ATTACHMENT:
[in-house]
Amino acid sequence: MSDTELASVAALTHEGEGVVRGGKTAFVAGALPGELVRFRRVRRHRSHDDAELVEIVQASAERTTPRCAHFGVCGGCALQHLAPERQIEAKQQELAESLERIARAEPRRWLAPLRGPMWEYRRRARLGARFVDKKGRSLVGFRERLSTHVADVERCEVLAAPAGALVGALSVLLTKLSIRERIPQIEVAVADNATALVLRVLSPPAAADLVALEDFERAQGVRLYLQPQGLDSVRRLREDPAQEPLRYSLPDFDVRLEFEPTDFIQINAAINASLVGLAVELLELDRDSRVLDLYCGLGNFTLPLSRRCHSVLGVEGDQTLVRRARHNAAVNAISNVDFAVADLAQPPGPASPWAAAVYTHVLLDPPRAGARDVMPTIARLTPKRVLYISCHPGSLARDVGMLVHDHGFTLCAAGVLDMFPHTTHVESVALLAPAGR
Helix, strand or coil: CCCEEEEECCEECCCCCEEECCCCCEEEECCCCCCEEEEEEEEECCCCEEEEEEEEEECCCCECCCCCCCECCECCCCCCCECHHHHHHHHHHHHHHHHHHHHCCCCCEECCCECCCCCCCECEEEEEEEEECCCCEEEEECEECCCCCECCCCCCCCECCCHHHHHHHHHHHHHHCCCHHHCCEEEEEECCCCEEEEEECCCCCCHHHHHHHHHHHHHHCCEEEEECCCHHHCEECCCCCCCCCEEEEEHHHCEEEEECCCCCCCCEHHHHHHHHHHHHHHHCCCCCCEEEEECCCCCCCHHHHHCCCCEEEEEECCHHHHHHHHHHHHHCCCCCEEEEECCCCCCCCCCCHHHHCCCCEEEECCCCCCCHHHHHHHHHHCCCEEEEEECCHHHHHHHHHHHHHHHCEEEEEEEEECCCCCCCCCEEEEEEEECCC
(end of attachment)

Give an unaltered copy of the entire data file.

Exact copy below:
[in-house]
Amino acid sequence: MSDTELASVAALTHEGEGVVRGGKTAFVAGALPGELVRFRRVRRHRSHDDAELVEIVQASAERTTPRCAHFGVCGGCALQHLAPERQIEAKQQELAESLERIARAEPRRWLAPLRGPMWEYRRRARLGARFVDKKGRSLVGFRERLSTHVADVERCEVLAAPAGALVGALSVLLTKLSIRERIPQIEVAVADNATALVLRVLSPPAAADLVALEDFERAQGVRLYLQPQGLDSVRRLREDPAQEPLRYSLPDFDVRLEFEPTDFIQINAAINASLVGLAVELLELDRDSRVLDLYCGLGNFTLPLSRRCHSVLGVEGDQTLVRRARHNAAVNAISNVDFAVADLAQPPGPASPWAAAVYTHVLLDPPRAGARDVMPTIARLTPKRVLYISCHPGSLARDVGMLVHDHGFTLCAAGVLDMFPHTTHVESVALLAPAGR
Helix, strand or coil: CCCEEEEECCEECCCCCEEECCCCCEEEECCCCCCEEEEEEEEECCCCEEEEEEEEEECCCCECCCCCCCECCECCCCCCCECHHHHHHHHHHHHHHHHHHHHCCCCCEECCCECCCCCCCECEEEEEEEEECCCCEEEEECEECCCCCECCCCCCCCECCCHHHHHHHHHHHHHHCCCHHHCCEEEEEECCCCEEEEEECCCCCCHHHHHHHHHHHHHHCCEEEEECCCHHHCEECCCCCCCCCEEEEEHHHCEEEEECCCCCCCCEHHHHHHHHHHHHHHHCCCCCCEEEEECCCCCCCHHHHHCCCCEEEEEECCHHHHHHHHHHHHHCCCCCEEEEECCCCCCCCCCCHHHHCCCCEEEECCCCCCCHHHHHHHHHHCCCEEEEEECCHHHHHHHHHHHHHHHCEEEEEEEEECCCCCCCCCEEEEEEEECCC